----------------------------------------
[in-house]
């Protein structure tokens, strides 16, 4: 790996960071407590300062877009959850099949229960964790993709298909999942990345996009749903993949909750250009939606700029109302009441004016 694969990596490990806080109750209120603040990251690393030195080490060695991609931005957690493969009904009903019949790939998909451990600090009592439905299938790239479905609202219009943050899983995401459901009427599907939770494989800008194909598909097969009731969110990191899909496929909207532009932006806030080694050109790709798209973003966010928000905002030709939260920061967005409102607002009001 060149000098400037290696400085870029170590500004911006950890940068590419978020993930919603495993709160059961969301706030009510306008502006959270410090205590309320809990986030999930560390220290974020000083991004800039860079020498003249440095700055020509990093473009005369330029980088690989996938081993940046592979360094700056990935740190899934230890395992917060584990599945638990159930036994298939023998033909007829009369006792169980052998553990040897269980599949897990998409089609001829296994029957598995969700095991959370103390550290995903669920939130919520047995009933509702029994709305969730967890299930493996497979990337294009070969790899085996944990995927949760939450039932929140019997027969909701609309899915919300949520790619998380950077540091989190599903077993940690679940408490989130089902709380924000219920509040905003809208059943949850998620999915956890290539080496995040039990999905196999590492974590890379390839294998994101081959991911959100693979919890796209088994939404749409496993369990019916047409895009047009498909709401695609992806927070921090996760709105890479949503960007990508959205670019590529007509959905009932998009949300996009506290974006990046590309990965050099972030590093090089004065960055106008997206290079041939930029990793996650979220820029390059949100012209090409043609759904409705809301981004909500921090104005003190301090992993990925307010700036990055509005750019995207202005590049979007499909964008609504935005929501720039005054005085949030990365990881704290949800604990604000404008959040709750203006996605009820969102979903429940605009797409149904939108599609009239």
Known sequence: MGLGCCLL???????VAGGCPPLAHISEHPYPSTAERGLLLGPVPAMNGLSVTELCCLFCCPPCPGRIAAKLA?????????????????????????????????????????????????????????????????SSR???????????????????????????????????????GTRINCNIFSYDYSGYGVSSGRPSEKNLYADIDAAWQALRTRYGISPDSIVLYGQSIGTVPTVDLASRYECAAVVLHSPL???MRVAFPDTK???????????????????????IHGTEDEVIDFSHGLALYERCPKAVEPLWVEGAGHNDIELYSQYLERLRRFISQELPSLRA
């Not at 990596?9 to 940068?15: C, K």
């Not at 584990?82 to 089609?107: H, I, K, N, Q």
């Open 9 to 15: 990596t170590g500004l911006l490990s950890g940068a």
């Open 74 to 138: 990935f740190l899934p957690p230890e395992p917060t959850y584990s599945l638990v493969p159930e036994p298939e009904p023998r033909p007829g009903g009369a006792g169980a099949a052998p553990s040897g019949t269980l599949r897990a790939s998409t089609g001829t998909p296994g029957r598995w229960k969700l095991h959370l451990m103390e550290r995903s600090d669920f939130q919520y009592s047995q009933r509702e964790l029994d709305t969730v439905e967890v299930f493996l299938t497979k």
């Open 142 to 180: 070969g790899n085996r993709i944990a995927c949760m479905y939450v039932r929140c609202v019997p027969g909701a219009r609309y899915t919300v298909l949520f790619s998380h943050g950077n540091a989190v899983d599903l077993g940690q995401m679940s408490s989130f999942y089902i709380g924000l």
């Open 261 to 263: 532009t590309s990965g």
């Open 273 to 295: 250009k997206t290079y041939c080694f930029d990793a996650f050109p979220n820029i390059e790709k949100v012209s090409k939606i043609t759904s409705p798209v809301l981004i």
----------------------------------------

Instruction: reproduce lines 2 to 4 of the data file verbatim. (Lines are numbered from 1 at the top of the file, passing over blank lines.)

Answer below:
């Protein structure tokens, strides 16, 4: 790996960071407590300062877009959850099949229960964790993709298909999942990345996009749903993949909750250009939606700029109302009441004016 694969990596490990806080109750209120603040990251690393030195080490060695991609931005957690493969009904009903019949790939998909451990600090009592439905299938790239479905609202219009943050899983995401459901009427599907939770494989800008194909598909097969009731969110990191899909496929909207532009932006806030080694050109790709798209973003966010928000905002030709939260920061967005409102607002009001 060149000098400037290696400085870029170590500004911006950890940068590419978020993930919603495993709160059961969301706030009510306008502006959270410090205590309320809990986030999930560390220290974020000083991004800039860079020498003249440095700055020509990093473009005369330029980088690989996938081993940046592979360094700056990935740190899934230890395992917060584990599945638990159930036994298939023998033909007829009369006792169980052998553990040897269980599949897990998409089609001829296994029957598995969700095991959370103390550290995903669920939130919520047995009933509702029994709305969730967890299930493996497979990337294009070969790899085996944990995927949760939450039932929140019997027969909701609309899915919300949520790619998380950077540091989190599903077993940690679940408490989130089902709380924000219920509040905003809208059943949850998620999915956890290539080496995040039990999905196999590492974590890379390839294998994101081959991911959100693979919890796209088994939404749409496993369990019916047409895009047009498909709401695609992806927070921090996760709105890479949503960007990508959205670019590529007509959905009932998009949300996009506290974006990046590309990965050099972030590093090089004065960055106008997206290079041939930029990793996650979220820029390059949100012209090409043609759904409705809301981004909500921090104005003190301090992993990925307010700036990055509005750019995207202005590049979007499909964008609504935005929501720039005054005085949030990365990881704290949800604990604000404008959040709750203006996605009820969102979903429940605009797409149904939108599609009239």
Known sequence: MGLGCCLL???????VAGGCPPLAHISEHPYPSTAERGLLLGPVPAMNGLSVTELCCLFCCPPCPGRIAAKLA?????????????????????????????????????????????????????????????????SSR???????????????????????????????????????GTRINCNIFSYDYSGYGVSSGRPSEKNLYADIDAAWQALRTRYGISPDSIVLYGQSIGTVPTVDLASRYECAAVVLHSPL???MRVAFPDTK???????????????????????IHGTEDEVIDFSHGLALYERCPKAVEPLWVEGAGHNDIELYSQYLERLRRFISQELPSLRA
């Not at 990596?9 to 940068?15: C, K």